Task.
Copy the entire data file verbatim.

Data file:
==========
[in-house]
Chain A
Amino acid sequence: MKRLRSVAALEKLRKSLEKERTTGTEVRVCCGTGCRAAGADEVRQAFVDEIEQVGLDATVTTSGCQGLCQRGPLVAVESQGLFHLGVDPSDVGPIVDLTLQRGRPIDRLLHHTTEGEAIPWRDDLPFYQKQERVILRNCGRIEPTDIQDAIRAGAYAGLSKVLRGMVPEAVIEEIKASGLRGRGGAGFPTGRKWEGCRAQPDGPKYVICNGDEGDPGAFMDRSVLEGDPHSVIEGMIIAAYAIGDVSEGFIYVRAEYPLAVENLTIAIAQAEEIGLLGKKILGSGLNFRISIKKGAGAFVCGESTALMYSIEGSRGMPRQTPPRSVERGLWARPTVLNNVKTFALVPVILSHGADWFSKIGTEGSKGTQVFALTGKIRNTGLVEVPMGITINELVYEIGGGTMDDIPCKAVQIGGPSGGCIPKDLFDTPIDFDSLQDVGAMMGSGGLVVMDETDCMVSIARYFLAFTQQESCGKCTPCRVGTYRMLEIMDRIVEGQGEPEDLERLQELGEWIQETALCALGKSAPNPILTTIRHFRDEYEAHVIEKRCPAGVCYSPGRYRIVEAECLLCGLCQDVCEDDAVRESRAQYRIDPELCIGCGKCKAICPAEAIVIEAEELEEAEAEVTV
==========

[in-house]
Chain A
Amino acid sequence: MKRLRSVAALEKLRKSLEKERTTGTEVRVCCGTGCRAAGADEVRQAFVDEIEQVGLDATVTTSGCQGLCQRGPLVAVESQGLFHLGVDPSDVGPIVDLTLQRGRPIDRLLHHTTEGEAIPWRDDLPFYQKQERVILRNCGRIEPTDIQDAIRAGAYAGLSKVLRGMVPEAVIEEIKASGLRGRGGAGFPTGRKWEGCRAQPDGPKYVICNGDEGDPGAFMDRSVLEGDPHSVIEGMIIAAYAIGDVSEGFIYVRAEYPLAVENLTIAIAQAEEIGLLGKKILGSGLNFRISIKKGAGAFVCGESTALMYSIEGSRGMPRQTPPRSVERGLWARPTVLNNVKTFALVPVILSHGADWFSKIGTEGSKGTQVFALTGKIRNTGLVEVPMGITINELVYEIGGGTMDDIPCKAVQIGGPSGGCIPKDLFDTPIDFDSLQDVGAMMGSGGLVVMDETDCMVSIARYFLAFTQQESCGKCTPCRVGTYRMLEIMDRIVEGQGEPEDLERLQELGEWIQETALCALGKSAPNPILTTIRHFRDEYEAHVIEKRCPAGVCYSPGRYRIVEAECLLCGLCQDVCEDDAVRESRAQYRIDPELCIGCGKCKAICPAEAIVIEAEELEEAEAEVTV